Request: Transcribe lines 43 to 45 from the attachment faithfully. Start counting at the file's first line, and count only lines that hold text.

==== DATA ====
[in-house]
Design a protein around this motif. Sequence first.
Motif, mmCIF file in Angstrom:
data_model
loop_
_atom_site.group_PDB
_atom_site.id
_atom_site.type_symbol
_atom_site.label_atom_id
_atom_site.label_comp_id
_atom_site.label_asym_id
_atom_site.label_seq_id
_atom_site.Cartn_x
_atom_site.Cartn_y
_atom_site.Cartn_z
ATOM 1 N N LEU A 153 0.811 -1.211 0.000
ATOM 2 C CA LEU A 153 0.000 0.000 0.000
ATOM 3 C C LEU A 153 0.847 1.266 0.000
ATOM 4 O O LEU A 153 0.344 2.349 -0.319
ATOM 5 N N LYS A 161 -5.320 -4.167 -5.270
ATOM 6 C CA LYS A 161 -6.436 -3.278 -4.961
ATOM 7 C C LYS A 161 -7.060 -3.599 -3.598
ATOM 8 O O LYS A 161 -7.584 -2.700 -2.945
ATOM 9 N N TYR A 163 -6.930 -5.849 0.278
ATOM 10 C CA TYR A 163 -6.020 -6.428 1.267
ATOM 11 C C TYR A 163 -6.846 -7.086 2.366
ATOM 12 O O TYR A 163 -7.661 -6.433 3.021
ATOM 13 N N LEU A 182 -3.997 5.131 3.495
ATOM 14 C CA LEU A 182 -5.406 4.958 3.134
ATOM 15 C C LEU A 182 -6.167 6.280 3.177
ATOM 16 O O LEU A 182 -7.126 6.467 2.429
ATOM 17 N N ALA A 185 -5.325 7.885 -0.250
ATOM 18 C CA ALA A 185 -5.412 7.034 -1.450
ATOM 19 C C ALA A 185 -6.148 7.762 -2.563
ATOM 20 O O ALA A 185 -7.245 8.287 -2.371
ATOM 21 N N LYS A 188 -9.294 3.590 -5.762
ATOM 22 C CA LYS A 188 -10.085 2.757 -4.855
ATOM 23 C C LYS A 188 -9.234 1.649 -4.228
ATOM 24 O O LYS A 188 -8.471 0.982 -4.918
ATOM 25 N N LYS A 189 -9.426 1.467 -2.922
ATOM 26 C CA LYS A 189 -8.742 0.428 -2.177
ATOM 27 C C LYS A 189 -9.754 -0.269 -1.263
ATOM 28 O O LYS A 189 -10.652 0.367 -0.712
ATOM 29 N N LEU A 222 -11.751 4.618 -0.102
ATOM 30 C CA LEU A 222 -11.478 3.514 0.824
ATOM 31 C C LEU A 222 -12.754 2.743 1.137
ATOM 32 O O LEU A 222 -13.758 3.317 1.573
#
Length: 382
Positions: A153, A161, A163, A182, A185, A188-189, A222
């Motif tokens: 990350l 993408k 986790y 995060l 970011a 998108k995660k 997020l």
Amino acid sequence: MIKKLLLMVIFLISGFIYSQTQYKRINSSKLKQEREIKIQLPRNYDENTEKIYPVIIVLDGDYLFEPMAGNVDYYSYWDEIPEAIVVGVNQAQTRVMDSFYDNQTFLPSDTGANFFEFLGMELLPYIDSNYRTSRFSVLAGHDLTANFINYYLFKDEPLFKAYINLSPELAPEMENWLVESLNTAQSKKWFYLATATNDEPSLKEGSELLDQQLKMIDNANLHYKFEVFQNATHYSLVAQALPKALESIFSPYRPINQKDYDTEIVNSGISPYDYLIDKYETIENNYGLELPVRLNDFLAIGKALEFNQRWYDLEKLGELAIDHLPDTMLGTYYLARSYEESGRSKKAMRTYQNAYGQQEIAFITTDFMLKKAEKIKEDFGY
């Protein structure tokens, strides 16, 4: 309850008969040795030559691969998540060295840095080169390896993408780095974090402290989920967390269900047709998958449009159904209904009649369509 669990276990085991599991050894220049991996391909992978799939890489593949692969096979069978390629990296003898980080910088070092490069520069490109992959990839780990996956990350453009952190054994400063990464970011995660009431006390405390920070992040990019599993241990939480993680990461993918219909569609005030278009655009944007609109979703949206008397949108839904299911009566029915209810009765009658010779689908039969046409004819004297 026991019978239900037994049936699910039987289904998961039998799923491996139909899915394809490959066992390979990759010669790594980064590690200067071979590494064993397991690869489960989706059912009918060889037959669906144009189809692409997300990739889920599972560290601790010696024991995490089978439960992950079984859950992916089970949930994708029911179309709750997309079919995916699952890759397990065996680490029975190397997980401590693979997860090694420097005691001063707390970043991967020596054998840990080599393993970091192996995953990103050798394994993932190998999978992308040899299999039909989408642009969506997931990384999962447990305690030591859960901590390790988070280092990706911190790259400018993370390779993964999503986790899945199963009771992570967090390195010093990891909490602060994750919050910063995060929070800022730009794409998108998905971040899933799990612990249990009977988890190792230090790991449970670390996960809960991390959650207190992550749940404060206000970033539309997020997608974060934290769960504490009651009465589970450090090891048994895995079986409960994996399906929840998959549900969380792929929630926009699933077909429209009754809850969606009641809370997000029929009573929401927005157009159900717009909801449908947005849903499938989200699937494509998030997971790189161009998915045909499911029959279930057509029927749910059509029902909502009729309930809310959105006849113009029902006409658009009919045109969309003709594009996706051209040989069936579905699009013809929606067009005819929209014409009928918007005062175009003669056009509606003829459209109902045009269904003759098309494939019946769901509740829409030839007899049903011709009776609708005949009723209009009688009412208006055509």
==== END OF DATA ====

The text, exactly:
ATOM 28 O O LYS A 189 -10.652 0.367 -0.712
ATOM 29 N N LEU A 222 -11.751 4.618 -0.102
ATOM 30 C CA LEU A 222 -11.478 3.514 0.824